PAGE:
It's been a real privilege to hear the last two speakers talk about their very affectionate memories of Simon Crean. He certainly leaves a formidable legacy. I first encountered him as a young journalist here in Canberra, in the press gallery, when he was with the ACTU in the 1980s. We'd doorstop him on the way into meetings and we'd record the results on the way out, usually on the front steps of the old parliament. And these were the comings and goings of negotiating multiple rounds of the Prices and Incomes Accord with the then Hawke government, with Hawke and Paul Keating.
When I look back on these times, I didn't have the relationship that the member for Riverina had or the member for Gorton had, but I look back and think of what I was watching happening before me, and that was seeing Simon Crean and Storemen and Packers Union that he'd come from being pioneers in negotiating a superannuation system which really set the scene for what became a cornerstone of our superannuation system that we have today. The accord mark II, which I remember reporting on, really paved the way for that compulsory superannuation system. So I had the privilege of watching him change Australia.
I think much has been said about his principled decision to oppose the Howard government's decision to go to
war in Iraq and how he articulated so clearly to the troops that his beef was not with them but was with the
government. That has been much remarked on since his very sad passing. But I want to talk about his arts legacy that he leaves. As the member for Gorton referred to, that was something that probably hasn't had as much light shone on it over many, many years, but we've made sure that that legacy is being well remembered. It was a real testament to his forward thinking that, 10 years on, the vision that he offered for a cultural policy, Creative Australia, served as the foundation for the new cultural policy that we've released: Revive. In many ways he was the grandfather of that policy, never content for the arts to be left to the margins. In 2013, he said:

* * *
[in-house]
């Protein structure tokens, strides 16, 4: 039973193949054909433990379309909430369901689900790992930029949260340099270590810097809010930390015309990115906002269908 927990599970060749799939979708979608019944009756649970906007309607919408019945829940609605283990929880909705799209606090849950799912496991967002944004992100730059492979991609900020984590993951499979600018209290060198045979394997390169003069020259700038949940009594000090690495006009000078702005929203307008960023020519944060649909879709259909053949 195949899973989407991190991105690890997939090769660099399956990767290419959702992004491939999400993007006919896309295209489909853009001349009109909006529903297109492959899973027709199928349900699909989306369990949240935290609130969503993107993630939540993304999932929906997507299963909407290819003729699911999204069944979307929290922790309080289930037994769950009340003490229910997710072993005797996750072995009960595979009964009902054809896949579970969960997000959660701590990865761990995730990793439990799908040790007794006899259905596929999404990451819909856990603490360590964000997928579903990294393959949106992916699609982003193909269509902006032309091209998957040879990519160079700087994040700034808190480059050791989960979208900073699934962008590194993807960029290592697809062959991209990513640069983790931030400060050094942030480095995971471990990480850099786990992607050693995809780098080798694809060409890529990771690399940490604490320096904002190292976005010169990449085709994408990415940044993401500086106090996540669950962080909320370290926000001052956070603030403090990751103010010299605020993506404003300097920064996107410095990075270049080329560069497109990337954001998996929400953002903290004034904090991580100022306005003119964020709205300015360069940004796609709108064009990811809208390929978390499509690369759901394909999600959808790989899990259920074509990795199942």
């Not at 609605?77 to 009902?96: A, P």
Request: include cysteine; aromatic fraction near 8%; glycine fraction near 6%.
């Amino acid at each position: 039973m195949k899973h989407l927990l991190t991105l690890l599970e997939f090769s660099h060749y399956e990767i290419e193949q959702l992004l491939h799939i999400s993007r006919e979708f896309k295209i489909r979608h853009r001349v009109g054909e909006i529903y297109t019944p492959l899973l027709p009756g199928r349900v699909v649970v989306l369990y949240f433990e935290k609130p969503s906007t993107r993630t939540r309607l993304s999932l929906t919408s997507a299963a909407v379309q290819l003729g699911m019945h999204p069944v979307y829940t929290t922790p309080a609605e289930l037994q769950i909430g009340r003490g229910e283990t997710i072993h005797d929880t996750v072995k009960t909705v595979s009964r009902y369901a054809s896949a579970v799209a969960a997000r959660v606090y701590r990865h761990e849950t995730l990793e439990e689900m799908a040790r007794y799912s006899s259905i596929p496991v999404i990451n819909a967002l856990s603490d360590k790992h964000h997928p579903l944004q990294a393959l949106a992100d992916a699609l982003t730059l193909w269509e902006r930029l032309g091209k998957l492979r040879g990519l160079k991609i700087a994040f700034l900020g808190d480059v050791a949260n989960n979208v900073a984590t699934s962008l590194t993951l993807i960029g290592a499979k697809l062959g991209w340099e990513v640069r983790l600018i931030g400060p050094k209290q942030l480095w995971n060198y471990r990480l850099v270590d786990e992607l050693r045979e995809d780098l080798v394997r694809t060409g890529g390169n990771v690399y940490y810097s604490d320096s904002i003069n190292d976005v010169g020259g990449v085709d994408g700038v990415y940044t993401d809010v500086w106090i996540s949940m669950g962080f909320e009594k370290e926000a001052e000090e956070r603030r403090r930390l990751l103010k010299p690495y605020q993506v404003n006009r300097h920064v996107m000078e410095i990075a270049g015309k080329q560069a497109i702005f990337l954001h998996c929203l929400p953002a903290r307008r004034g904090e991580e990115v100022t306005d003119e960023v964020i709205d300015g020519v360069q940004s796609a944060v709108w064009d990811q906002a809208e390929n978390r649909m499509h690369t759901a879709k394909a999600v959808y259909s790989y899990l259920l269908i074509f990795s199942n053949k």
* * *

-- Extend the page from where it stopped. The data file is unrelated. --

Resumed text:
"… governments have to invest in our culture and our creative industries. Why?—because culture defines us. We are home to the oldest living culture on earth, and we have been welcoming to the greatest diversity of cultures on earth. This is what has made us unique, and it is why we have to preserve it, nurture it, invest in it and build upon it."
I'm very pleased to speak in continuation. Having heard some terrific stories about Simon Crean and his relationships with people on both sides of this parliament through his many years as a minister, I want to focus on the role that Simon Crean had in the arts. He really helped redefine how we talk about the arts and how we value creativity. He believed in the value of art for art's sake, but he also understood the need to recognise the contribution that the arts can make to other areas of public policy, like education, health, innovation and employment. He made that argument with eloquence, rigor and passion. He spoke persuasively of the social and economic dividends that creativity pays to us, arguing that investing in the arts helped cement 'the values of inclusion and the values of respect' that are so essential to social harmony. He said that a creative nation is a productive nation, recognising that support for creative endeavour is an investment in our economic development and our capacity for innovation.
As Minister for the Arts, Simon brought not only thoughtful leadership but substantial new investment to the
arts. His policy introduced new support for digital gaming and live music. The Australia Council for the Arts
was modernised and given expanded responsibilities—and you can see there the things that we have built on
in our own cultural policy, Revive. We've taken the base that he set and we've progressed it further, given the
passage of time.
Simon Crean's tireless advocacy earned him the deep respect of the arts community. Nicholas Pickard of APRA
AMCOS recently reflected:
His mind, knowledge and energy was always ready to help, lean in and serve Australia's cultural future.
Australia's cultural future has been shaped in no small way by the intellect and dedication of Simon Findlay
Crean. I extend my deepest sympathies to his wife and family, to the many who loved him and to those who
admired him as a union leader, a Labor leader, an arts leader and a man who leaves an extraordinary legacy of public service.